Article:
Croydon council has been fined £100,000 for the loss of a bag containing papers about a child sex abuse victi...
The penalty highlights the necessity for more councils to use electronically encrypted information rather than paper files. A spokesman from the Information Commissioner's Office (ICO) said it was good practice for councils to transport sensitive information using encrypted devices as it results in the data being rendered useless if lost.
The news follows Norfolk County Council having also been served with an £80,000 penalty for disclosing information about allegations against a parent and the welfare of their child to the wrong recipient.
The ICO has now imposed over £1m in monetary penalties to organisations in breach of the DPA since November 2010.
Stephen Eckersley, head of enforcement at the ICO said: “While both councils acted swiftly to inform the people involved and have since taken remedial action, this does not excuse the fact that vulnerable children and their families should never have been put in this situation.”
The Croydon Council breach occurred in April 2011 when an unlocked bag belonging to a social worker was stolen from a London pub. The worker was taking papers, including information about the sexual abuse of a child and six other people connected to a court hearing, home for use at a meeting the following day. The bag and its contents have never been recovered.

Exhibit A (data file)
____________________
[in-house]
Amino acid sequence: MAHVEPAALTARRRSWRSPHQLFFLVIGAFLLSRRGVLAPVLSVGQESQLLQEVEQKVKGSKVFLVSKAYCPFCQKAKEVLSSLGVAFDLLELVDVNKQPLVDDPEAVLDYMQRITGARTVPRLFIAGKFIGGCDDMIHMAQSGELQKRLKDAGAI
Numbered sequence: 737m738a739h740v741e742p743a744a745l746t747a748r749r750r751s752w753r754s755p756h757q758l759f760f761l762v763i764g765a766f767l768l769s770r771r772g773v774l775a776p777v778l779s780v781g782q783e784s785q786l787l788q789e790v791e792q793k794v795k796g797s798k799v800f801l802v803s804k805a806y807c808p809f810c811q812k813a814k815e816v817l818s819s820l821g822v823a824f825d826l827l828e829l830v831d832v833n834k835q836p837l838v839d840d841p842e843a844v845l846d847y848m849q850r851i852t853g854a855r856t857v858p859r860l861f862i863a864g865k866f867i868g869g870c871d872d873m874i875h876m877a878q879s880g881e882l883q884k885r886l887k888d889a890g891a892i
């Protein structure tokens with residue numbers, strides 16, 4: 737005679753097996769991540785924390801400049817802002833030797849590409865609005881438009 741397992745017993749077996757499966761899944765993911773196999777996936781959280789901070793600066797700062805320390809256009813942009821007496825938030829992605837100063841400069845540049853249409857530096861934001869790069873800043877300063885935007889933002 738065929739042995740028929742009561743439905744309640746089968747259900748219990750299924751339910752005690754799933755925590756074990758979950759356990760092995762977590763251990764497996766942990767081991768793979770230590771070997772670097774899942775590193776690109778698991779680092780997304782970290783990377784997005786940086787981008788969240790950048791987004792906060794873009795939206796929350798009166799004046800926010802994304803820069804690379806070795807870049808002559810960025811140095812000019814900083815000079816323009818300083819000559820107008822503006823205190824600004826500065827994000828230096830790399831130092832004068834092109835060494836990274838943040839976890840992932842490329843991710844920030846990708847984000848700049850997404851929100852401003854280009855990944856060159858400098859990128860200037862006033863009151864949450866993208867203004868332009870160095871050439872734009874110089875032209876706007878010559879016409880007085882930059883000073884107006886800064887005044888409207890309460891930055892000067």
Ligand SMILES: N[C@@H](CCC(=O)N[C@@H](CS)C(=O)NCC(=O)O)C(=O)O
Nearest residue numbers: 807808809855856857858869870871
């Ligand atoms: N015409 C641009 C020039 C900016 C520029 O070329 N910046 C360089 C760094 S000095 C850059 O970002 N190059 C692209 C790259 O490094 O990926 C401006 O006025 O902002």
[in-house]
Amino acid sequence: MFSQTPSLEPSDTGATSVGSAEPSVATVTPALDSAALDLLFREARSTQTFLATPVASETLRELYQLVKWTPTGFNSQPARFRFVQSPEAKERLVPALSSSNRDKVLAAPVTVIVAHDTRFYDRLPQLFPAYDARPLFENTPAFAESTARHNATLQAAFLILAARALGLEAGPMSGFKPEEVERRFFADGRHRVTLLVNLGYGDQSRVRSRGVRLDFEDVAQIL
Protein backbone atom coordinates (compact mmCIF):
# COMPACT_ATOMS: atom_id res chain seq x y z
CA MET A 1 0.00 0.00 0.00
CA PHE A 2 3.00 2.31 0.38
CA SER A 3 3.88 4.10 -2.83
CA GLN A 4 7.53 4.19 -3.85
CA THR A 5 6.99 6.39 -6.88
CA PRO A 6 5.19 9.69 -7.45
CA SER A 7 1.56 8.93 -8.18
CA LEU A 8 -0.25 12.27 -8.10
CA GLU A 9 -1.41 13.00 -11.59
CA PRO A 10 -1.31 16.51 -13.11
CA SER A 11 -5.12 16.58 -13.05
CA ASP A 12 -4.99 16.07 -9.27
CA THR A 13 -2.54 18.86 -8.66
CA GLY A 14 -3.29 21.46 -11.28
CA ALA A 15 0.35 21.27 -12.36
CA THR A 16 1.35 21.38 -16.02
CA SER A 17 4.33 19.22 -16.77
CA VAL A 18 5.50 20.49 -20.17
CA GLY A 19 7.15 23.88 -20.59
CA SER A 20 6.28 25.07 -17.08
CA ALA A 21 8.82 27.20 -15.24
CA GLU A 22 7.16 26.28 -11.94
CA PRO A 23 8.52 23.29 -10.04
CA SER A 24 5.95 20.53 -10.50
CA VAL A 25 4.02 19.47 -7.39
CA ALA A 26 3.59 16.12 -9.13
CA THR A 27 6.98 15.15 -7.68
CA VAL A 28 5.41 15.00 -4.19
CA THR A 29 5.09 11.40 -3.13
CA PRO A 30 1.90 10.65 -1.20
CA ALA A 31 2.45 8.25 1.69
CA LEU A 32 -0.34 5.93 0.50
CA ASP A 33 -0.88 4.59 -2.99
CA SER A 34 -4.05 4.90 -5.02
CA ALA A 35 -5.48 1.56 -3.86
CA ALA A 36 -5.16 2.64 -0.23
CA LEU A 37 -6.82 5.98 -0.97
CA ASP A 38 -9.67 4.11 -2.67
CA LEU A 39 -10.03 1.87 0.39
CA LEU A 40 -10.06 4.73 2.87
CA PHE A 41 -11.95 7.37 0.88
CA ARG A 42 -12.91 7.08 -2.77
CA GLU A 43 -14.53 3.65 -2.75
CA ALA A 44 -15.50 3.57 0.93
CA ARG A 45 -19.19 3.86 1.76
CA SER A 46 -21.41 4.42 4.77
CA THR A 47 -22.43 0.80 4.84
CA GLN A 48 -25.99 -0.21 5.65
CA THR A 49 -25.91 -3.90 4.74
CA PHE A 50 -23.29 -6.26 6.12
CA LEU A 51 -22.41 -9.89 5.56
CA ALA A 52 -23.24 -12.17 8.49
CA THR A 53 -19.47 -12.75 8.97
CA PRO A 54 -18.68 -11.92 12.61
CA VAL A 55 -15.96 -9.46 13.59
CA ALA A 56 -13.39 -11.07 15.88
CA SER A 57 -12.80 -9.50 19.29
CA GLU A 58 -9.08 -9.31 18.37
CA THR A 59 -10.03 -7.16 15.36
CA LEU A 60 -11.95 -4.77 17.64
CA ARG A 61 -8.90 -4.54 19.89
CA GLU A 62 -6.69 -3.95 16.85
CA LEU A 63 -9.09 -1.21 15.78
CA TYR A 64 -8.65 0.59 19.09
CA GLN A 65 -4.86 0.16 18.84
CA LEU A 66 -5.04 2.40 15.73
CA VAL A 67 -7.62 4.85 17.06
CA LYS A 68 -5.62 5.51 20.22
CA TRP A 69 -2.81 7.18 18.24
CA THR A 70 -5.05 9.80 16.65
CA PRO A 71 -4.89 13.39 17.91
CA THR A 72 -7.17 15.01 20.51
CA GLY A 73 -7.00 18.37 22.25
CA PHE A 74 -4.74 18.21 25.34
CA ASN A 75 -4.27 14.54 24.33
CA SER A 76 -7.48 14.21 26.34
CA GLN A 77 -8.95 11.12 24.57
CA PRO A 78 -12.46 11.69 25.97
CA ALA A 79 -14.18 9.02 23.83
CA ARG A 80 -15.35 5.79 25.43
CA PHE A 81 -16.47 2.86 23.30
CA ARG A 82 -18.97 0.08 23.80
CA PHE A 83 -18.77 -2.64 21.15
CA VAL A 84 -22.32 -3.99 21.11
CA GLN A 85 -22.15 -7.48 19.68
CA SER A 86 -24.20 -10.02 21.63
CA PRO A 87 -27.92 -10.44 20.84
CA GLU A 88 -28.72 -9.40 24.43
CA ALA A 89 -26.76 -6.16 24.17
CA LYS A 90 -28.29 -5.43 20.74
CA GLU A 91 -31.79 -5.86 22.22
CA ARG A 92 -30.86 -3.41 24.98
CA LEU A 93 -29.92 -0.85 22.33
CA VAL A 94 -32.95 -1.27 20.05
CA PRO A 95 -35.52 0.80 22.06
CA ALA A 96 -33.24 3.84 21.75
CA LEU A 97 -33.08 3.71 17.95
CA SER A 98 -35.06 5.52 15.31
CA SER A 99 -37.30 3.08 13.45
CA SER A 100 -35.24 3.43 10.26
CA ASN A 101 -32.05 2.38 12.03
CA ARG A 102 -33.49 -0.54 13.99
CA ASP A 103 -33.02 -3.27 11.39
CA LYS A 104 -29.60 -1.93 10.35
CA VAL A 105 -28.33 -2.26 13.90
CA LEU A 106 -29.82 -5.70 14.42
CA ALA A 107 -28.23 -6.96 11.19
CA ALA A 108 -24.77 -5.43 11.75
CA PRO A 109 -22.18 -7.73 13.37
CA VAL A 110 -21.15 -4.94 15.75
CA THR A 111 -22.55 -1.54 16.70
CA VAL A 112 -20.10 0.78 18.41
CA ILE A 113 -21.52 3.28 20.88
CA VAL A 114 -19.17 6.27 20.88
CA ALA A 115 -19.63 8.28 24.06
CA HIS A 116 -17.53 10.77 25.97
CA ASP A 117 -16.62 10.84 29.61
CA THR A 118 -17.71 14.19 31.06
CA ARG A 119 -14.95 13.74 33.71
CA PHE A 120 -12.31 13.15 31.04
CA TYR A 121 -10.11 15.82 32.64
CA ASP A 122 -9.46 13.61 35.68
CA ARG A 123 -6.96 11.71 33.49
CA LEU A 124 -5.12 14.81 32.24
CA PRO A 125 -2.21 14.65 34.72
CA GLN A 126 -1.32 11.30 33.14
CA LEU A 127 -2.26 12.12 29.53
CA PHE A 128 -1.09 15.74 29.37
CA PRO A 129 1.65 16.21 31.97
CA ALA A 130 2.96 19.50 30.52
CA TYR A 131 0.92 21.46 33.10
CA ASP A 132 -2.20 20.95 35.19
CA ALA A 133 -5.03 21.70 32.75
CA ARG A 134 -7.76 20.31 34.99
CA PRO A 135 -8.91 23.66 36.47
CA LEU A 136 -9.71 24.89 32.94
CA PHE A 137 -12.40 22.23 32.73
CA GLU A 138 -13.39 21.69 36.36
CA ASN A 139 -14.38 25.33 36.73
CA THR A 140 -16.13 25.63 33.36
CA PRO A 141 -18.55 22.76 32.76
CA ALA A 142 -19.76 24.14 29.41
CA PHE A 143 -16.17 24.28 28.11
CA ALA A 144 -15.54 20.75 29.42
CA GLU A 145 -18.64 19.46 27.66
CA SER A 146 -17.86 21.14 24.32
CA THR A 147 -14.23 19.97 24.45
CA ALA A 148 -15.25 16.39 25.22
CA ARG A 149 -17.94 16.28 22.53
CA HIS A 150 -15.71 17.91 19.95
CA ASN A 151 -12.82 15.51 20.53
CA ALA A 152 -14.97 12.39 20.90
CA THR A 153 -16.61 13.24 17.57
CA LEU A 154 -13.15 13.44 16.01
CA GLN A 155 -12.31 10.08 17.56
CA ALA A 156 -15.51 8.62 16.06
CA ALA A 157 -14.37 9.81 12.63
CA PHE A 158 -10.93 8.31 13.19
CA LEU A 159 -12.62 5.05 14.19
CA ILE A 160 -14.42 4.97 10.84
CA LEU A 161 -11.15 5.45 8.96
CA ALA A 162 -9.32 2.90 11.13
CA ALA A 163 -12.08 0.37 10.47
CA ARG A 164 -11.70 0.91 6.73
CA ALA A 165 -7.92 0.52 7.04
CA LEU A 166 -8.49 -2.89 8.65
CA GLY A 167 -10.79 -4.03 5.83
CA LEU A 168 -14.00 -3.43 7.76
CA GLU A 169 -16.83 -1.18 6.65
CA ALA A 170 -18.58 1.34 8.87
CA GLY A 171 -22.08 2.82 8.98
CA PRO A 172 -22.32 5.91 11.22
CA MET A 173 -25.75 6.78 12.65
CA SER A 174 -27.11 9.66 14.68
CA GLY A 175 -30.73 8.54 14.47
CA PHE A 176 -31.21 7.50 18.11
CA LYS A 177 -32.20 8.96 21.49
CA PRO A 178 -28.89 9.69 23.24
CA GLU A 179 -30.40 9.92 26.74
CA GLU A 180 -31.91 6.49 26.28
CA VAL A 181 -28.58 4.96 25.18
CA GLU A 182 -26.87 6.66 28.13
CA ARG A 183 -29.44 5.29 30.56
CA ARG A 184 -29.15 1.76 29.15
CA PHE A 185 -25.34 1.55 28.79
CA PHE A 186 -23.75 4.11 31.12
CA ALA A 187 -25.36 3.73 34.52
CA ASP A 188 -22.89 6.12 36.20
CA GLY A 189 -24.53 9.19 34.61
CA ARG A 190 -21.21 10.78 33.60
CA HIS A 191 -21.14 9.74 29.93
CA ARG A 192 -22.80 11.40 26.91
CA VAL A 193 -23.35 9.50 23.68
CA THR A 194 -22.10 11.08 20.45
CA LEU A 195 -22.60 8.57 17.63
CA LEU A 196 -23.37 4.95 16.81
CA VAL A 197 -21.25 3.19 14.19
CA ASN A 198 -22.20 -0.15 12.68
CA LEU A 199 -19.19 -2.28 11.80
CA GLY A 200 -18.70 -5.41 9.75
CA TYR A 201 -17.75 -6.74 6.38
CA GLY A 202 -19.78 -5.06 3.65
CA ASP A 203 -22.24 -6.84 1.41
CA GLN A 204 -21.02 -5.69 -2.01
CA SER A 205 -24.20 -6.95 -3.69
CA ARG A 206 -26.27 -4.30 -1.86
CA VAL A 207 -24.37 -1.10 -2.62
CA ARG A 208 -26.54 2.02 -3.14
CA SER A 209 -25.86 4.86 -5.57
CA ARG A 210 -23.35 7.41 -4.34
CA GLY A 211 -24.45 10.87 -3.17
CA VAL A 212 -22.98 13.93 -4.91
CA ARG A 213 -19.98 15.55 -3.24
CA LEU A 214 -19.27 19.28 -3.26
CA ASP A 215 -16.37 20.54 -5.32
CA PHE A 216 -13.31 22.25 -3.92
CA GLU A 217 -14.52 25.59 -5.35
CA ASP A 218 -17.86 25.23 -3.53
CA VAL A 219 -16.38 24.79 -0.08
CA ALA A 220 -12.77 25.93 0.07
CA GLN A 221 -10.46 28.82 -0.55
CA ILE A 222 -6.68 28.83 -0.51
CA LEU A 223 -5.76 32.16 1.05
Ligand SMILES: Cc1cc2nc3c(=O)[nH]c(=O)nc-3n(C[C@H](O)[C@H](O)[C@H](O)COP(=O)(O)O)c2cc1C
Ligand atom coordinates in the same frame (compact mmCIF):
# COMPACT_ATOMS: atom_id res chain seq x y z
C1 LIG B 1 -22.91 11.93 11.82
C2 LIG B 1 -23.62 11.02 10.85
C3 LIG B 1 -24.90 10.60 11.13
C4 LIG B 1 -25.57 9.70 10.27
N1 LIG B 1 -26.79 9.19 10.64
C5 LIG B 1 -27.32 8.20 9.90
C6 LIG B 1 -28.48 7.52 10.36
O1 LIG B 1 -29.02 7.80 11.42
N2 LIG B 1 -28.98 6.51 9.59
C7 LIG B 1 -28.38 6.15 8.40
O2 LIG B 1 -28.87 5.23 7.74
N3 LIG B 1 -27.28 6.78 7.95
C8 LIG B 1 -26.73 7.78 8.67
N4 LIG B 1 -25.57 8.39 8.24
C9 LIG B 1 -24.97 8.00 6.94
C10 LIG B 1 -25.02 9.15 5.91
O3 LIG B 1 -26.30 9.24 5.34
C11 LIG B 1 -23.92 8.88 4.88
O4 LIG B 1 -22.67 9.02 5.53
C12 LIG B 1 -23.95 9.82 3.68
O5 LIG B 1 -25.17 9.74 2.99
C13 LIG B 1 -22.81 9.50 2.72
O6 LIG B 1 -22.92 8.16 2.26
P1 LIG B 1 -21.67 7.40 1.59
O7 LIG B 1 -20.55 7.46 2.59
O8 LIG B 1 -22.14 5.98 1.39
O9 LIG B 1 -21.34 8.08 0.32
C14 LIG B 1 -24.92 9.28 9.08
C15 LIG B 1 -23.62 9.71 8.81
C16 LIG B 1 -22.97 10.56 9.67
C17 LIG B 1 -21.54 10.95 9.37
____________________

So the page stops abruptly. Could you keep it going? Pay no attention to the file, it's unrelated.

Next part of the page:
The Norfolk County Council breach occurred the same month when a social worker inadvertently wrote the wrong address on a report and hand delivered it to the intended recipient’s next door neighbour. The report contained confidential and highly sensitive personal data about a child’s emotional and physical wellbeing, together with other personal information.
Both councils have taken remedial action as a result of the breaches and will now ensure that effective data protection measures are put in place.